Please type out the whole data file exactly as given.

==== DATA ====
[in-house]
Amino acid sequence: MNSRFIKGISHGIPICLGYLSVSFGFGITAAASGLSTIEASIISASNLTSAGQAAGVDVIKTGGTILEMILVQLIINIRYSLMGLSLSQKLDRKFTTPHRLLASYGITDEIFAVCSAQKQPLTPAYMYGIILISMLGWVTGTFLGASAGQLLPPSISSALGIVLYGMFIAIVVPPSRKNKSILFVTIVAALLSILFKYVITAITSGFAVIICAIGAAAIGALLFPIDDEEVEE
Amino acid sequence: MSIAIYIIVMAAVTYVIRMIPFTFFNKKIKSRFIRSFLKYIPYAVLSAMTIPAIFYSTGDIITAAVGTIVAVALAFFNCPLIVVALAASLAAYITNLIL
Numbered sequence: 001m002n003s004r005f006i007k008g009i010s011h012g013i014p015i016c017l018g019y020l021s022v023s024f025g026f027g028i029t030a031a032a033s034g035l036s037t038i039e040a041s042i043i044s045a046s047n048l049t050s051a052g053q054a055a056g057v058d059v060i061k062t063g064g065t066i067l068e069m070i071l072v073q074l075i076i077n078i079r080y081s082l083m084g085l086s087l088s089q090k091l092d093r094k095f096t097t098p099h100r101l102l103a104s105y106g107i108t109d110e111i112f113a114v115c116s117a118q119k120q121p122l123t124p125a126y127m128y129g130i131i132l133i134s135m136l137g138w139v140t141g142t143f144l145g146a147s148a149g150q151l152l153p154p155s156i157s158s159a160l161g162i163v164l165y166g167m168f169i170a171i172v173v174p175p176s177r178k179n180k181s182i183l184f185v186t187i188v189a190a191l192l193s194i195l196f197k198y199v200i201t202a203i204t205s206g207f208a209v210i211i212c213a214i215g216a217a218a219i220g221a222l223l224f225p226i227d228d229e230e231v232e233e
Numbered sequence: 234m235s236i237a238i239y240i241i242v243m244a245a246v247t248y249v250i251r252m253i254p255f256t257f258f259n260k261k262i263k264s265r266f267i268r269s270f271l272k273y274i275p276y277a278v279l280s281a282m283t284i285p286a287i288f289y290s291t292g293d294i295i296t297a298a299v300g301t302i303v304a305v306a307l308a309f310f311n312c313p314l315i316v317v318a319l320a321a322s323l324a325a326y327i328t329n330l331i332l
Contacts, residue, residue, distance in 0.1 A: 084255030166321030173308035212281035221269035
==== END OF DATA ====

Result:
[in-house]
Amino acid sequence: MNSRFIKGISHGIPICLGYLSVSFGFGITAAASGLSTIEASIISASNLTSAGQAAGVDVIKTGGTILEMILVQLIINIRYSLMGLSLSQKLDRKFTTPHRLLASYGITDEIFAVCSAQKQPLTPAYMYGIILISMLGWVTGTFLGASAGQLLPPSISSALGIVLYGMFIAIVVPPSRKNKSILFVTIVAALLSILFKYVITAITSGFAVIICAIGAAAIGALLFPIDDEEVEE
Amino acid sequence: MSIAIYIIVMAAVTYVIRMIPFTFFNKKIKSRFIRSFLKYIPYAVLSAMTIPAIFYSTGDIITAAVGTIVAVALAFFNCPLIVVALAASLAAYITNLIL
Numbered sequence: 001m002n003s004r005f006i007k008g009i010s011h012g013i014p015i016c017l018g019y020l021s022v023s024f025g026f027g028i029t030a031a032a033s034g035l036s037t038i039e040a041s042i043i044s045a046s047n048l049t050s051a052g053q054a055a056g057v058d059v060i061k062t063g064g065t066i067l068e069m070i071l072v073q074l075i076i077n078i079r080y081s082l083m084g085l086s087l088s089q090k091l092d093r094k095f096t097t098p099h100r101l102l103a104s105y106g107i108t109d110e111i112f113a114v115c116s117a118q119k120q121p122l123t124p125a126y127m128y129g130i131i132l133i134s135m136l137g138w139v140t141g142t143f144l145g146a147s148a149g150q151l152l153p154p155s156i157s158s159a160l161g162i163v164l165y166g167m168f169i170a171i172v173v174p175p176s177r178k179n180k181s182i183l184f185v186t187i188v189a190a191l192l193s194i195l196f197k198y199v200i201t202a203i204t205s206g207f208a209v210i211i212c213a214i215g216a217a218a219i220g221a222l223l224f225p226i227d228d229e230e231v232e233e
Numbered sequence: 234m235s236i237a238i239y240i241i242v243m244a245a246v247t248y249v250i251r252m253i254p255f256t257f258f259n260k261k262i263k264s265r266f267i268r269s270f271l272k273y274i275p276y277a278v279l280s281a282m283t284i285p286a287i288f289y290s291t292g293d294i295i296t297a298a299v300g301t302i303v304a305v306a307l308a309f310f311n312c313p314l315i316v317v318a319l320a321a322s323l324a325a326y327i328t329n330l331i332l
Contacts, residue, residue, distance in 0.1 A: 084255030166321030173308035212281035221269035